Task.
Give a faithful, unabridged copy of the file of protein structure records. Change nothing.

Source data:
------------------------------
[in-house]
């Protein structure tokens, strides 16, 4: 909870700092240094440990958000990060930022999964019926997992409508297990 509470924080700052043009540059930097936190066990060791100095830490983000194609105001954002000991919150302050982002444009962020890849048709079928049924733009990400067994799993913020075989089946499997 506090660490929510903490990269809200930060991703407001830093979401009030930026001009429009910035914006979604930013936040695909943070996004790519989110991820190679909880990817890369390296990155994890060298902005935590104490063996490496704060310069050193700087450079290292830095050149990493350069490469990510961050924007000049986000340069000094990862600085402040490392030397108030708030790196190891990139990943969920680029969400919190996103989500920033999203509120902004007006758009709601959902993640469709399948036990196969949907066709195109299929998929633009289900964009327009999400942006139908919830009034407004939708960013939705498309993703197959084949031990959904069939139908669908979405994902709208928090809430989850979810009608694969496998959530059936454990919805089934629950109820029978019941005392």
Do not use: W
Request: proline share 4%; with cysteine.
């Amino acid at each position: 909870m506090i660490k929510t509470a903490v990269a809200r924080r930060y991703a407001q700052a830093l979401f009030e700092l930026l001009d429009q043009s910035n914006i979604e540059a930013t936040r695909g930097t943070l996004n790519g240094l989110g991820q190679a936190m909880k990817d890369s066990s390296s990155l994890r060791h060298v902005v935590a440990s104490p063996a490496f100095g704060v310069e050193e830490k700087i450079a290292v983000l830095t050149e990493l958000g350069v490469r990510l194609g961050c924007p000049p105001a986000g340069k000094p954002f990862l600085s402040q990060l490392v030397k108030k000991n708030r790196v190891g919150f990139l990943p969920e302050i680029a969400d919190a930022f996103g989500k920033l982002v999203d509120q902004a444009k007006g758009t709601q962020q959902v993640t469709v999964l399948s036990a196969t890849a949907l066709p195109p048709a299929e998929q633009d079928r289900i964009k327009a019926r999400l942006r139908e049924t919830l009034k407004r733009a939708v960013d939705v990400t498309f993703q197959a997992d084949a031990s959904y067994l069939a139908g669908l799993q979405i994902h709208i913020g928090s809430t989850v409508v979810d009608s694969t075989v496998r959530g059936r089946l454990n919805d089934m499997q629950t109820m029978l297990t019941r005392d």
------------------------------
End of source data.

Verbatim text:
[in-house]
């Protein structure tokens, strides 16, 4: 909870700092240094440990958000990060930022999964019926997992409508297990 509470924080700052043009540059930097936190066990060791100095830490983000194609105001954002000991919150302050982002444009962020890849048709079928049924733009990400067994799993913020075989089946499997 506090660490929510903490990269809200930060991703407001830093979401009030930026001009429009910035914006979604930013936040695909943070996004790519989110991820190679909880990817890369390296990155994890060298902005935590104490063996490496704060310069050193700087450079290292830095050149990493350069490469990510961050924007000049986000340069000094990862600085402040490392030397108030708030790196190891990139990943969920680029969400919190996103989500920033999203509120902004007006758009709601959902993640469709399948036990196969949907066709195109299929998929633009289900964009327009999400942006139908919830009034407004939708960013939705498309993703197959084949031990959904069939139908669908979405994902709208928090809430989850979810009608694969496998959530059936454990919805089934629950109820029978019941005392």
Do not use: W
Request: proline share 4%; with cysteine.
């Amino acid at each position: 909870m506090i660490k929510t509470a903490v990269a809200r924080r930060y991703a407001q700052a830093l979401f009030e700092l930026l001009d429009q043009s910035n914006i979604e540059a930013t936040r695909g930097t943070l996004n790519g240094l989110g991820q190679a936190m909880k990817d890369s066990s390296s990155l994890r060791h060298v902005v935590a440990s104490p063996a490496f100095g704060v310069e050193e830490k700087i450079a290292v983000l830095t050149e990493l958000g350069v490469r990510l194609g961050c924007p000049p105001a986000g340069k000094p954002f990862l600085s402040q990060l490392v030397k108030k000991n708030r790196v190891g919150f990139l990943p969920e302050i680029a969400d919190a930022f996103g989500k920033l982002v999203d509120q902004a444009k007006g758009t709601q962020q959902v993640t469709v999964l399948s036990a196969t890849a949907l066709p195109p048709a299929e998929q633009d079928r289900i964009k327009a019926r999400l942006r139908e049924t919830l009034k407004r733009a939708v960013d939705v990400t498309f993703q197959a997992d084949a031990s959904y067994l069939a139908g669908l799993q979405i994902h709208i913020g928090s809430t989850v409508v979810d009608s694969t075989v496998r959530g059936r089946l454990n919805d089934m499997q629950t109820m029978l297990t019941r005392d």